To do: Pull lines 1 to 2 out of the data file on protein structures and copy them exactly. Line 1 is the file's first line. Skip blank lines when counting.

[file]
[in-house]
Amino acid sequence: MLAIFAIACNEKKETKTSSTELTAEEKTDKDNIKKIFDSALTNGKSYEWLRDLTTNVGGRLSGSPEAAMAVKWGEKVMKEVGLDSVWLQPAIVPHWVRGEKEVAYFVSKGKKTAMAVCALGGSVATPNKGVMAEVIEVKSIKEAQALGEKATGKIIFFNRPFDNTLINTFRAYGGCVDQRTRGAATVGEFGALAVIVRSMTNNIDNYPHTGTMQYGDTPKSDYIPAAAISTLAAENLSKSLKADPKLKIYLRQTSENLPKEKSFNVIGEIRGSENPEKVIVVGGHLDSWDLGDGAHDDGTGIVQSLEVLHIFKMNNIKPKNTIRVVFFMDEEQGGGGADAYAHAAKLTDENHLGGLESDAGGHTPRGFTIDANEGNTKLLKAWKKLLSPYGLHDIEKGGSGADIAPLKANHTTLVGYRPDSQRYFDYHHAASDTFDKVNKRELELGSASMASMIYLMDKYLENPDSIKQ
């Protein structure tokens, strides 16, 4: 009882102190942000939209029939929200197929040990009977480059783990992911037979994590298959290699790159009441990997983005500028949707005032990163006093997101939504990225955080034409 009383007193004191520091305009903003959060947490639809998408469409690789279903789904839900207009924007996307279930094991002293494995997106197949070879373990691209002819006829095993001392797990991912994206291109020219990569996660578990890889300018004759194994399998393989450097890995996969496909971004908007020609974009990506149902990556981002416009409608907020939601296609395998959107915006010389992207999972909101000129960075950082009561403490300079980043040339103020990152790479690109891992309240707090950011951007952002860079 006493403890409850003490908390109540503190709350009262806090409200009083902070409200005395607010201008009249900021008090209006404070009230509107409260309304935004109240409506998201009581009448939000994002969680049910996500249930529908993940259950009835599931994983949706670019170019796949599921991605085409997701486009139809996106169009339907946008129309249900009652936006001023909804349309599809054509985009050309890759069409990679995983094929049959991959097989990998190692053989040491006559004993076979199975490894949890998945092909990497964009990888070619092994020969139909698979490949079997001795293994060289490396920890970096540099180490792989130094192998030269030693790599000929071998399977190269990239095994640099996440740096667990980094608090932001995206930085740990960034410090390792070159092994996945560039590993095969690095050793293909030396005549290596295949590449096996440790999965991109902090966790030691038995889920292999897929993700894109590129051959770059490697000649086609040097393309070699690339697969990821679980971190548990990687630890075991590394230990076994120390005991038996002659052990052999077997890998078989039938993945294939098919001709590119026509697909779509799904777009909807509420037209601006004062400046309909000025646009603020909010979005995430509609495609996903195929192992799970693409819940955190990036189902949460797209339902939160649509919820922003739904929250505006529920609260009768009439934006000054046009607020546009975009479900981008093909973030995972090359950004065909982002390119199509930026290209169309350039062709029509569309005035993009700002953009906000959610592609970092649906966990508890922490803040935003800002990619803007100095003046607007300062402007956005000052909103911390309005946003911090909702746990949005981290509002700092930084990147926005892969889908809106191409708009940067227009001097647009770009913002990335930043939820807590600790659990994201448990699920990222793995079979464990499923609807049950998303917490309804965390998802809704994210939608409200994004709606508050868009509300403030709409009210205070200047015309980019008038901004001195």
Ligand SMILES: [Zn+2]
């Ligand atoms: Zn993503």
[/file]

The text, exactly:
[in-house]
Amino acid sequence: MLAIFAIACNEKKETKTSSTELTAEEKTDKDNIKKIFDSALTNGKSYEWLRDLTTNVGGRLSGSPEAAMAVKWGEKVMKEVGLDSVWLQPAIVPHWVRGEKEVAYFVSKGKKTAMAVCALGGSVATPNKGVMAEVIEVKSIKEAQALGEKATGKIIFFNRPFDNTLINTFRAYGGCVDQRTRGAATVGEFGALAVIVRSMTNNIDNYPHTGTMQYGDTPKSDYIPAAAISTLAAENLSKSLKADPKLKIYLRQTSENLPKEKSFNVIGEIRGSENPEKVIVVGGHLDSWDLGDGAHDDGTGIVQSLEVLHIFKMNNIKPKNTIRVVFFMDEEQGGGGADAYAHAAKLTDENHLGGLESDAGGHTPRGFTIDANEGNTKLLKAWKKLLSPYGLHDIEKGGSGADIAPLKANHTTLVGYRPDSQRYFDYHHAASDTFDKVNKRELELGSASMASMIYLMDKYLENPDSIKQ